Survey: Europeans are still afraid of corona mutations

Pandemic
Survey: Europeans are still afraid of corona mutations

FFP2 mask

A passerby carries an FFP2 mask in his hand. Photo: Boris Roessler/dpa/Symbolbild

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The fear of people in Europe about corona mutations is still great in the third year of the pandemic. According to a study by the European Covid Survey (ECOS) published in Hamburg on Tuesday, two thirds of all people in Germany were worried, and one in five was very worried. According to the information, around 8,000 people in Germany, Denmark, France, Great Britain, Italy, the Netherlands, Portugal and Spain were interviewed in May. The examination has been repeated every two months since April 2020.

The fear of people in Europe about corona mutations is still great in the third year of the pandemic. According to a study by the European Covid Survey (ECOS) published in Hamburg on Tuesday, two thirds of all people in Germany were worried, and one in five was very worried. According to the information, around 8,000 people in Germany, Denmark, France, Great Britain, Italy, the Netherlands, Portugal and Spain were interviewed in May. The examination has been repeated every two months since April 2020.

According to the survey, 75 percent of people in Spain, Italy and Portugal fear new mutations, while people in Denmark are less worried (52 percent). “The concern of another wave in the population is real and shows that for many people the pandemic is not over yet,” said the scientific director of the Hamburg Center for Health Economics (HCHE) at Universität Hamburg, Jonas Schreyögg.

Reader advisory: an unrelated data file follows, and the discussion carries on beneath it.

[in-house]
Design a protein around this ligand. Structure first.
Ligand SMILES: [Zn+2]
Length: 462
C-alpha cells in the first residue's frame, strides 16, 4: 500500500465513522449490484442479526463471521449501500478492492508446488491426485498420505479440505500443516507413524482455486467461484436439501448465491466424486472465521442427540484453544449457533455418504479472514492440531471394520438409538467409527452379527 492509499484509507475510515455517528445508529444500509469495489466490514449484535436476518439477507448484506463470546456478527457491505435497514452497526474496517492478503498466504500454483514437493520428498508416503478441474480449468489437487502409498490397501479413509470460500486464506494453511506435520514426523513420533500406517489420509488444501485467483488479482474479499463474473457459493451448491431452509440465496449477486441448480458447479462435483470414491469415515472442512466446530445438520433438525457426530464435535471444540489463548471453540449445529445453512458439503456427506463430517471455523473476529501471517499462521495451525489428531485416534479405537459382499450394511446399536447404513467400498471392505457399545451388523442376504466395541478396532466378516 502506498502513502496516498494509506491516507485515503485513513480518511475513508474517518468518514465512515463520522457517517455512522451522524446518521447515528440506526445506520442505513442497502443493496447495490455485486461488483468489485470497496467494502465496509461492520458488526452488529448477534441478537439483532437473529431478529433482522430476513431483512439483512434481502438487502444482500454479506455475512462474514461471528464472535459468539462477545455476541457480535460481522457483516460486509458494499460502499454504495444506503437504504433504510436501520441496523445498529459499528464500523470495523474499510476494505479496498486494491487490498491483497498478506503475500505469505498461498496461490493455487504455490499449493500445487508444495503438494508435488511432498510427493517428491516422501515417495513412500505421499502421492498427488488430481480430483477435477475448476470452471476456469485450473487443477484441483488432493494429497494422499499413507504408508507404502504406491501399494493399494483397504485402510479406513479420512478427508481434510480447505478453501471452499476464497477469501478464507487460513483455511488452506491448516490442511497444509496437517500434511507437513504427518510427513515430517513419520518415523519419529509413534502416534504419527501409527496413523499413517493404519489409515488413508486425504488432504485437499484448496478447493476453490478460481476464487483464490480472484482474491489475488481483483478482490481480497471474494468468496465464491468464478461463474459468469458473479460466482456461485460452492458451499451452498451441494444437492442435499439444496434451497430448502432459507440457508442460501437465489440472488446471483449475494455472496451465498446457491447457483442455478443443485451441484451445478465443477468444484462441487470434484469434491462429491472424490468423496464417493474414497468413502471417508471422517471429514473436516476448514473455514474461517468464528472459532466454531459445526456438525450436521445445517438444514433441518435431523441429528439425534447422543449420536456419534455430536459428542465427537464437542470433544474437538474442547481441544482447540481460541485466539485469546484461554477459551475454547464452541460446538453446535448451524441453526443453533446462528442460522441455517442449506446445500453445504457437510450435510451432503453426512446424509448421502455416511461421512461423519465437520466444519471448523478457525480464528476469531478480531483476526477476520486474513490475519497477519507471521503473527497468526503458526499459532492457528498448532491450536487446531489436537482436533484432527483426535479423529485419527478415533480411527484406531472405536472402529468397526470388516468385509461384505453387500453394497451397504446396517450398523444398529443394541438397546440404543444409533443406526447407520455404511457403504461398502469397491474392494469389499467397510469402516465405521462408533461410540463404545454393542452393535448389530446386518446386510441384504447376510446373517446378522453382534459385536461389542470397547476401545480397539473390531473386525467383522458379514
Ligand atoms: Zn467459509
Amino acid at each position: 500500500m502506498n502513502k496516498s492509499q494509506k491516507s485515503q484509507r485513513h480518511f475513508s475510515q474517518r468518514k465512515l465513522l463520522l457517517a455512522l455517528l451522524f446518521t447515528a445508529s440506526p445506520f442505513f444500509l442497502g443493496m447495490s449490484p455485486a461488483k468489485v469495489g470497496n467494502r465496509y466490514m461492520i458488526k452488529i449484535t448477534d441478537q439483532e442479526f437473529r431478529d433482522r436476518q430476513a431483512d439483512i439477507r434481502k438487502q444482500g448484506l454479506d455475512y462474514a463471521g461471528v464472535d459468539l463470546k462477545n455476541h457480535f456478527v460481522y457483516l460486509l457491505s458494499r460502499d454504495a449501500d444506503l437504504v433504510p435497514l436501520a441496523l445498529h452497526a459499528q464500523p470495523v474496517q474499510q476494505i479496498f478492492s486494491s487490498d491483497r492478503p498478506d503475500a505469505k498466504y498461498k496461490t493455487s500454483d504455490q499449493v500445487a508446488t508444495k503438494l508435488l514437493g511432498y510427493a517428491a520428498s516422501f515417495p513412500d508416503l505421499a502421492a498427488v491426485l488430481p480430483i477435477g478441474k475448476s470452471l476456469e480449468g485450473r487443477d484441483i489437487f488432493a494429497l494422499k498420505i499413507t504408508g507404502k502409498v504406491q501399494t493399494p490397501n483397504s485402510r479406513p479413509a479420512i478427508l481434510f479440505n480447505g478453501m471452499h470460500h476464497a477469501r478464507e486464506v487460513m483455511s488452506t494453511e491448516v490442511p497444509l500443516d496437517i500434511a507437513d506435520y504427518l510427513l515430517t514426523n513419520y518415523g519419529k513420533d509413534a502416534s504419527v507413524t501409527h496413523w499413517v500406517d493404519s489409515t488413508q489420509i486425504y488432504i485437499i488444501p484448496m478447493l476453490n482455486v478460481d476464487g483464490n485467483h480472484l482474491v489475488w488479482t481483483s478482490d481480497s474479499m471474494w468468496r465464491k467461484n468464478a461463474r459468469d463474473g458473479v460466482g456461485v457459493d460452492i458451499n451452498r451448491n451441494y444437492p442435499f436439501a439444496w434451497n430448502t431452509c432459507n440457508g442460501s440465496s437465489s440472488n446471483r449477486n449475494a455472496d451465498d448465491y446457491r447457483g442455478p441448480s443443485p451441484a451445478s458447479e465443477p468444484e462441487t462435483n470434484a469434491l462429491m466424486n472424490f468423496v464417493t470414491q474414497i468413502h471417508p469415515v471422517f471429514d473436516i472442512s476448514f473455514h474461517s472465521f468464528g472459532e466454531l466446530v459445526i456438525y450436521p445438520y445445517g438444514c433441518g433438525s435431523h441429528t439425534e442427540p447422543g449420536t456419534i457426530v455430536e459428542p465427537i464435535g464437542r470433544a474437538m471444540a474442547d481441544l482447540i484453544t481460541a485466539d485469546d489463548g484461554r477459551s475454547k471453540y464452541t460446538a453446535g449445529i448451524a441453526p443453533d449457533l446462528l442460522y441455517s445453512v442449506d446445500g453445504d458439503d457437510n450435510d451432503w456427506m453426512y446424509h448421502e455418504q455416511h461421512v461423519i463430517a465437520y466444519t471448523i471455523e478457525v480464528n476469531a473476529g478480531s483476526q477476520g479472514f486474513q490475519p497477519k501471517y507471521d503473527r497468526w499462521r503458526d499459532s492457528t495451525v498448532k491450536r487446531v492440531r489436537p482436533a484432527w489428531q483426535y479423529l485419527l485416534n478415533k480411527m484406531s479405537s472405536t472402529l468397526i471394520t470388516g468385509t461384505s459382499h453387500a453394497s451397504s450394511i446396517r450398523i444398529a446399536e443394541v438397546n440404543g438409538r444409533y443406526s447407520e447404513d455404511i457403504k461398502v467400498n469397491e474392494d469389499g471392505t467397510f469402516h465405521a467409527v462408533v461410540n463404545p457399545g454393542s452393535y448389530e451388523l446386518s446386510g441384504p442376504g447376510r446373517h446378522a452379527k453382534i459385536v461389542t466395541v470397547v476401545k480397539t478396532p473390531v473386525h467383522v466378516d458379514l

However, despite people’s concerns, the researchers observed a decline in overall immunization readiness. According to the information, it has fallen in Germany from 86 to 83 percent since the beginning of the year. The readiness for a booster vaccination is even lower at 75 percent; 16 percent are currently even against a refresher, 9 percent said they were still unsure.

Compared to the other countries surveyed, Germany is in the lower midfield. In last place is France, where only 74 percent are generally vaccinated and less than 60 percent want a booster shot. “The declining willingness to have a booster vaccination could lead to more severe cases of infection in autumn and winter with another wave of corona,” warned Schreyögg.

Despite concerns about the further course of the pandemic, most people have come through the past two years in good health, according to the survey. Two-thirds of those surveyed had not noticed any changes, 11 percent had even improved their health, but 23 percent had gotten worse. Financially, the pandemic has had no or even positive effects on the majority (68 percent). However, the data had also shown that Corona had led to a greater financial burden, especially among low-income earners and women.

dpa

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